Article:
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The Vagina Monologues teach acceptance of women’s sexuality

The Vagina Monologues teach acceptance of women’s sexuality

V-day, not valentines, actually stands for Vagina day and is inspired by Eve Ensler’s 1995 Vagina Monologues. UVU has produce the performance for 12 years, and the Peace and Justice club held the mantle this year at Center Stage Feb. 22.

The director and ‘award winning’ actress Rebekah Dunford put together a group of women and one man to read off a series of statements and stories, collected by Eve Ensler from women all over the world.

“We try our our very best to have as much diversity as possible in the different genders, race, ages and everything,” said Dunford.

Though the diversity of the actors was slim in terms of ethnicity, the stories they told were far from it with each having a different take on the vagina and its sexualization. Specifically,  the experience with womanhood and the sexual and emotional treatment that comes with it. Many of the performers in the show had a resemblance to the characters they were reading. From tragic rape victims to a hilarious lesbian dominatrix, this is one of the most interesting shows put on at UVU.

“I remember going through a lot of the same things growing up, feeling wrong, feeling out of place,” said Annabelle Jensen, a transgender woman and psychology major. Annabelle read off the monologue titled “They Beat the Girl Out of Me…or So They Thought.”

In the monologue, the character wonders why she can’t wear makeup, and why she has to walk around topless at the beach when other girls don’t. As time wears on her feelings become stronger, but so do others’ and her peers beat her senseless. She lost her way, joined the marines, grew a full beard, and “became duller, jaded.” She eventually ran away and started her transition in Miami. After a while she told her parents, and her father helped pay for the transition though her mother is still reluctant.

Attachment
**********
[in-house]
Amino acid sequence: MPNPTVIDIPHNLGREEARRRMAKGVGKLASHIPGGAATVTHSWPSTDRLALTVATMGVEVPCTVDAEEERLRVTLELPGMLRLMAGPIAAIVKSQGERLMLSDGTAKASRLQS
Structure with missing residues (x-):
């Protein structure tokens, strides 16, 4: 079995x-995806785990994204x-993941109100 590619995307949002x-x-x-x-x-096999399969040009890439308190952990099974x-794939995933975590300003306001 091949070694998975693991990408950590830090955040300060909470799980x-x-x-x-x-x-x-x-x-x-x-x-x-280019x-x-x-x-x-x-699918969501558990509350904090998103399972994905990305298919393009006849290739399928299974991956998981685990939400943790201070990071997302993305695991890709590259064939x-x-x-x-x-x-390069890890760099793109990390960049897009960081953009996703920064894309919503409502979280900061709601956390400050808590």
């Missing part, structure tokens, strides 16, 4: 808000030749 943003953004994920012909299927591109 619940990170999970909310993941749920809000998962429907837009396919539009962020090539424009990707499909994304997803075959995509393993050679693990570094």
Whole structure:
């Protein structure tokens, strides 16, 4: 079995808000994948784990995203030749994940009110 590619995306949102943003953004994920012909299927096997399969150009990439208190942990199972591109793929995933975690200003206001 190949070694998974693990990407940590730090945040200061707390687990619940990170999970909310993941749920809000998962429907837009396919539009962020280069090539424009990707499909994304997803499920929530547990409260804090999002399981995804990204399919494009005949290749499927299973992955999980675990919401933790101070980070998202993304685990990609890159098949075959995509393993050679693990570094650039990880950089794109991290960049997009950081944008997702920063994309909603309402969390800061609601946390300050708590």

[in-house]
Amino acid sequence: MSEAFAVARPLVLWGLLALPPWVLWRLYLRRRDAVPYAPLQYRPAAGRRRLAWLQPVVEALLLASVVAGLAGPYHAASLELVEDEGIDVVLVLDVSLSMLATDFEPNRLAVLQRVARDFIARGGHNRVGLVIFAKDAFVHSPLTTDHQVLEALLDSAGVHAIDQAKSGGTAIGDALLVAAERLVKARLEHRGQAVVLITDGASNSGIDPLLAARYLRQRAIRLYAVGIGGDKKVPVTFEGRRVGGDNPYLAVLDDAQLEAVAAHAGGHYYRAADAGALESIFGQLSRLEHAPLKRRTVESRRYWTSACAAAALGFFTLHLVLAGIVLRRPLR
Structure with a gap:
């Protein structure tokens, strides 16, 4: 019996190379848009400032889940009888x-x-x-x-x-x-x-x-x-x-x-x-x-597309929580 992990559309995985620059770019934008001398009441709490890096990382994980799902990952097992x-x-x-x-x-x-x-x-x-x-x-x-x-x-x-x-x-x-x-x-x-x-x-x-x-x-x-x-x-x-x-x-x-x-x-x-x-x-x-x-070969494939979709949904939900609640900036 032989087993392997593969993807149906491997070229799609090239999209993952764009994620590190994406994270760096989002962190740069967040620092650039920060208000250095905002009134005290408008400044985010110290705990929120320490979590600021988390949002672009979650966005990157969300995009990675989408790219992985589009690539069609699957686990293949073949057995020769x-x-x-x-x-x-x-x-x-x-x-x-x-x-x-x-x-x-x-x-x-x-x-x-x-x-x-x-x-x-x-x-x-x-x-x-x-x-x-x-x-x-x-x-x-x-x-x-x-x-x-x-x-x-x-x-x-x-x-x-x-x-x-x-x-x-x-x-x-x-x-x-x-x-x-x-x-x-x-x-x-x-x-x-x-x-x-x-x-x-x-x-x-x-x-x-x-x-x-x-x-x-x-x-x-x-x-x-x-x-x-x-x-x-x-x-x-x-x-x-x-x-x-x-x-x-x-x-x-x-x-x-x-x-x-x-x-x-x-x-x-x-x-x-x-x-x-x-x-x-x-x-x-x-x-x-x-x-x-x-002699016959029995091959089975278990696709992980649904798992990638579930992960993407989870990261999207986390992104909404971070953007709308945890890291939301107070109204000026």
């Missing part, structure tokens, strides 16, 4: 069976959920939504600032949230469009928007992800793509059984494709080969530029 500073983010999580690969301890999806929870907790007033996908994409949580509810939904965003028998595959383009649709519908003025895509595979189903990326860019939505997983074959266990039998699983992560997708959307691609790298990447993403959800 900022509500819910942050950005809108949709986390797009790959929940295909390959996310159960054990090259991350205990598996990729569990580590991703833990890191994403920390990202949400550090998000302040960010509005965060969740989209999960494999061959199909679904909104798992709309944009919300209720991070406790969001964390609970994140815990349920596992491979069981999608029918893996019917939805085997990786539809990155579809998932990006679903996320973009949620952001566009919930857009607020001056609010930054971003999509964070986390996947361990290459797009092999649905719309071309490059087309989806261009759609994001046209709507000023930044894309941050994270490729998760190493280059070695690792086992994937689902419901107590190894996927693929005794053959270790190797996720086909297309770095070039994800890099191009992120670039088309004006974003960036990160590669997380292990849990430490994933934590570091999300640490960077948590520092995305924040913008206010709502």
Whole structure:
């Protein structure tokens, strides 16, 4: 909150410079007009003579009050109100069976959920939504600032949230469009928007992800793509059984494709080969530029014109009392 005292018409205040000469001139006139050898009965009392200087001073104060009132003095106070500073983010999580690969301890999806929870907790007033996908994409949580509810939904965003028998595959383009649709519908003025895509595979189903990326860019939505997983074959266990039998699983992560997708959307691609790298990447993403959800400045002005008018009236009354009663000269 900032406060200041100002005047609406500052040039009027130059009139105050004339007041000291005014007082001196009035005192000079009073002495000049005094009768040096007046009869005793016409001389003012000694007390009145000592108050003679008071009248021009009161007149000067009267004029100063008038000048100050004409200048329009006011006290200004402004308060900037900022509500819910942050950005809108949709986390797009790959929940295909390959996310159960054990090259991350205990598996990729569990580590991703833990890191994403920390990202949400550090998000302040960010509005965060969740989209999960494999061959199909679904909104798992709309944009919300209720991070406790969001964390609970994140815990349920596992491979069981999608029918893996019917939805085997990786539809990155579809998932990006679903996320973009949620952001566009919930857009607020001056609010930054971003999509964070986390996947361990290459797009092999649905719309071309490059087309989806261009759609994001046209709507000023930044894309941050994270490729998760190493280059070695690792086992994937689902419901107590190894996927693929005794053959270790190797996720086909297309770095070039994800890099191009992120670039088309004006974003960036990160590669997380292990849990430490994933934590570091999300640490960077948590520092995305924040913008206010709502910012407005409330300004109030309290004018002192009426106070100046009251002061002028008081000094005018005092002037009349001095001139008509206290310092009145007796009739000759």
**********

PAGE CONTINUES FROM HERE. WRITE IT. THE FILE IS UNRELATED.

“The most real part was talking about parents; my parents don’t accept my transition at all,” said Jensen. Both she and the anonymous trans woman had more than a rough time with their parents and identity, the difference is the parents’ reaction.

Many of the readings were from the 1995 version, but three spotlight additions were made for the end of the performance by female community members and students. The theme this year for V-day was “rise, resist, unite.” Kindra Ammett, the advisor for philosophy and disciplinary studies, created a monologue for “rise” and how tired she is of The Vagina Monologues. From her four-year-old being sexually harassed to her abusive relationship and the hardship of divorce in Mormon culture, she is tired of the monologues’ necessity to exist.

“I am waiting for the day that this isn’t necessary, then we can move on to the other issues,” Ammett said.

In her poetry, Name and title, references how her body was like the underworld or paradise, how her vagina was like the river styx and she the boatman Charon. This is in reference that she is in control of her body and no one else.

Keli Byers, a former UVU student. told a personal story about how a returned missionary raped her, and how she drove herself home drugged instead of accept a ride from the man who drugged her.

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Connor Haugen

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